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China reconsidering titanium sponge growth --- ( 2014-10-22)

  One of Chinese famous titanium sponge manufacturer is taking a more realistic view of expansion after years of rapid growth,while key mill product companies are looking to jump-start a "Titanium Valley" focused on value-added products.

  Earlier expansions in China's sponge industry-tied to the country's torrid growth in gross domestic product (GDP)-will take a backseat to investment geared to specific "market features," Benson Quan, president of Walnut, California-based Wellmet International Inc, said last week at the International Titanium Association's annual conference in Chicago.

  "GDP-chasing is not very popular in China now" in the wake of post-2012 overcapacity, Quan said, whose company is the exclusive U.S. sales agent for Chinese titanium sponge producer Zunyi Titanium Co.

  China's titanium sponge production jumped to about 80,000 tonnes in 2013 from about 8,000 tonnes in 2005, Quan said, noting that the country's GDP growth rate of 7.7% last year was down from more than 14% in 2007.

  While Chinese sponge producers had been aiming to reach an annual capacity of about 150,000 tonnes, Quan indicated that this target has receded as producers were forced to reduce output after 2012. Current domestic conditions are "difficult," he said, noting that large producers have cut back, and smaller and uncompetitive producers have shut down.

  China's actual titanium sponge capacity is currently 109,000 tonnes, according to Zhang Jie, vice manager of the foreign trade department at China's Baoji Titanium Industry Co.

  The country's titanium sponge output reached only 81,171 tonnes in 2013, Zhang said. About 20,000 tonnes of that was attributed to Zunyi Titanium, Quan said, adding that the company has an annual capacity of 34,000 tonnes.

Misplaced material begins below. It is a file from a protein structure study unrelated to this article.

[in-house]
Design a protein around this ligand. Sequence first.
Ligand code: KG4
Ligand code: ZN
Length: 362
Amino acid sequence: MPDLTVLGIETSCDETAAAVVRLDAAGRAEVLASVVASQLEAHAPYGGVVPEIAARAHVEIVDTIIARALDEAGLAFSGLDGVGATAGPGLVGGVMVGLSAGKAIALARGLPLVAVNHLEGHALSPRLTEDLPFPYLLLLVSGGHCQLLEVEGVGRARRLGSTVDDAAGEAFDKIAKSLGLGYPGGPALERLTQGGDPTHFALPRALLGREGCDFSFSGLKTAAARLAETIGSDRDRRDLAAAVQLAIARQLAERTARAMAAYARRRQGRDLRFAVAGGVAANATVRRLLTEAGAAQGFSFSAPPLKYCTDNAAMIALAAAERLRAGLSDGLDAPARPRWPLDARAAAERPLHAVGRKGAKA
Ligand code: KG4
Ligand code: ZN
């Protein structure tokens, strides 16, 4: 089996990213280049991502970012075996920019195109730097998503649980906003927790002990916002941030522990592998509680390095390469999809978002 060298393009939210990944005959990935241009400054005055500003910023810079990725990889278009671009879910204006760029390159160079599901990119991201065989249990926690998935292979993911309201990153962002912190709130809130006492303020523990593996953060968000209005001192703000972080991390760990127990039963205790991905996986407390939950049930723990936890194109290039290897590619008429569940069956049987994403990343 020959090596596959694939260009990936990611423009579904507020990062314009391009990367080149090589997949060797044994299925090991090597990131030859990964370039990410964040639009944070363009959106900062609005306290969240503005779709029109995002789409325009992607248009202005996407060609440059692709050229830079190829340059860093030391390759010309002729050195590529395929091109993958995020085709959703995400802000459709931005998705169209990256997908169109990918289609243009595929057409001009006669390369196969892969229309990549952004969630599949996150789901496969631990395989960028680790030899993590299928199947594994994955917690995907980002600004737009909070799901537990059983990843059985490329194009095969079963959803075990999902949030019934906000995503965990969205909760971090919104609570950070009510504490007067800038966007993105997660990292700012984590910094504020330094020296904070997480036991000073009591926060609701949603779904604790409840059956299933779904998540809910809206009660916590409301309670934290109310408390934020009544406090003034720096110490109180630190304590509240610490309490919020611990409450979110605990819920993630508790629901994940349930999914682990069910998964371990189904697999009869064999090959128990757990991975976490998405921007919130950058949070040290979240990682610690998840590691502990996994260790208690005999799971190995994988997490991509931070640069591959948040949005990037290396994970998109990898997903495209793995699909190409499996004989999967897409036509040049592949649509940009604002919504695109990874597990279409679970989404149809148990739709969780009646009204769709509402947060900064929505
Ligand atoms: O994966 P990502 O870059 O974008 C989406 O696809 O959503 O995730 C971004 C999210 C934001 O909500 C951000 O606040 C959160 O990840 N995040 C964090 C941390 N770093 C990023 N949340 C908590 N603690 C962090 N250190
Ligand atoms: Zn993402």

Meanwhile, China is looking to build "a new beginning" for its industry with a "Titanium Valley" project aimed at establishing a base for production, as well as for research and development, over the next five to 10 years, Zhang said.

  The initiative-led by Baoji-affiliated Baoti Group Co, and with the approval of various government agencies-is designed to form an industry "cluster" that will account for 80% of China's total titanium output and 20% of global production, as well as 40% of the country's mill product exports.

  The effort will focus on such value-added products as capillary tubes, precision bar and wire for aerospace fasteners, pipe, tube and forgings. Baoti Group looks to encourage development of high-temperature, particle-reinforced and combustion-resistance alloys, along with low-cost titanium for sports and other nonaerospace markets.

  Industrial and other nonaircraft demand accounts for the bulk of Chinese consumption. This stands in contrast to the USA, where most titanium is consumed by aerospace. The chemical industry accounted for 58% of China's mill product market in 2013, followed by metallurgical applications, 14%; and aerospace and aviation, 11%, Zhang said.

  Chinese titanium mill product production was 44,453 tonnes last year, about 10,000 tonnes of which were exported, according to Zhang.

  Neither he nor Quan forecast the 2014 market in China.